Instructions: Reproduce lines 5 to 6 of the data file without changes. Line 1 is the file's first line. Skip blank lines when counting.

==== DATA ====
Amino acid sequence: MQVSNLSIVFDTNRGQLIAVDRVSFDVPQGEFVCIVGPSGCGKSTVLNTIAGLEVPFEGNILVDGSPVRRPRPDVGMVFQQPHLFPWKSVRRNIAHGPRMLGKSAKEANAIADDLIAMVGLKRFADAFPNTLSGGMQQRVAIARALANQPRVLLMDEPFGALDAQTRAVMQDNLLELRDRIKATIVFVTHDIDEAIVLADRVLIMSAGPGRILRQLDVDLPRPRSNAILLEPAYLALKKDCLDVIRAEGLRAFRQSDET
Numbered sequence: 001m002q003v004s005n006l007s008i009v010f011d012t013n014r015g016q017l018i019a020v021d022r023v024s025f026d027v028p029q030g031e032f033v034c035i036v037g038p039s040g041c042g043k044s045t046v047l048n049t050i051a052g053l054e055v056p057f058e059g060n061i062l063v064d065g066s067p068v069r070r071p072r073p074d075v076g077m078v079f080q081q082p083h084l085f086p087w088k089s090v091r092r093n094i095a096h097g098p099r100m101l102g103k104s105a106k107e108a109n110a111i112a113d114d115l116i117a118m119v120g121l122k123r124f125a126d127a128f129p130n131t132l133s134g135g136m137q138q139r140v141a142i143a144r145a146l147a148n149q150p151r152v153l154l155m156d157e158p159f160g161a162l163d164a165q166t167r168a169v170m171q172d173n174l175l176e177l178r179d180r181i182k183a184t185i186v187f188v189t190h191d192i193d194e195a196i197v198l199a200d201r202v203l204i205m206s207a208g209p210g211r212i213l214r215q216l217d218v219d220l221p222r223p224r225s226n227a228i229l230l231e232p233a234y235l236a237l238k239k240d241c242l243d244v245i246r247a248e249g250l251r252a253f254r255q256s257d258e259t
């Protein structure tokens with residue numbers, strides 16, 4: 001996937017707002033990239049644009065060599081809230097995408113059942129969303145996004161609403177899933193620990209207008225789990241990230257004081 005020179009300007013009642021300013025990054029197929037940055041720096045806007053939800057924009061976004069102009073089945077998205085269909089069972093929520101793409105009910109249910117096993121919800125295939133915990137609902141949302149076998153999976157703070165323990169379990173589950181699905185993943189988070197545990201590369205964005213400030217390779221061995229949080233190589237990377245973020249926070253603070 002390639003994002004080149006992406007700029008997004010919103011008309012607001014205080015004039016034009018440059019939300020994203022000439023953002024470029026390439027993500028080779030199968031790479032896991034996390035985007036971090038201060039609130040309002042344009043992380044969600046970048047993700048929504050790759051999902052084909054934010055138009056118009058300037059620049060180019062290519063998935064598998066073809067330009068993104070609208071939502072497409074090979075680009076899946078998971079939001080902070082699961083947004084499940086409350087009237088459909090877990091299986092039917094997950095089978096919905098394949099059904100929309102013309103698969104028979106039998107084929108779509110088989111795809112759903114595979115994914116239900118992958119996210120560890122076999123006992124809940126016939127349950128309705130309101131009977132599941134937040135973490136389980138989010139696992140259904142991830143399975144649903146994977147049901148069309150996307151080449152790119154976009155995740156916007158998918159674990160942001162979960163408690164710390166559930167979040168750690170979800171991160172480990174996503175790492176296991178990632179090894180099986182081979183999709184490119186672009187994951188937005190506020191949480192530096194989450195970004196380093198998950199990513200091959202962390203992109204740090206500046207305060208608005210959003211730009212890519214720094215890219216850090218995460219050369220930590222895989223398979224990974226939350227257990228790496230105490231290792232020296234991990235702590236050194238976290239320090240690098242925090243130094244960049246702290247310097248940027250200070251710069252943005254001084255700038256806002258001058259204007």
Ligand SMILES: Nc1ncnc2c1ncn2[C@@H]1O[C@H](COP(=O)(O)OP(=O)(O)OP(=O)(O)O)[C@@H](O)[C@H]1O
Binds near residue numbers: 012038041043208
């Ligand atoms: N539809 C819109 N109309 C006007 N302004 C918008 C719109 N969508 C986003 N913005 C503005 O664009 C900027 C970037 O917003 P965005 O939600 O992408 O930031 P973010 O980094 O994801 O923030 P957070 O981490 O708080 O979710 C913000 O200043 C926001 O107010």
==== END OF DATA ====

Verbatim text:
Binds near residue numbers: 012038041043208
């Ligand atoms: N539809 C819109 N109309 C006007 N302004 C918008 C719109 N969508 C986003 N913005 C503005 O664009 C900027 C970037 O917003 P965005 O939600 O992408 O930031 P973010 O980094 O994801 O923030 P957070 O981490 O708080 O979710 C913000 O200043 C926001 O107010």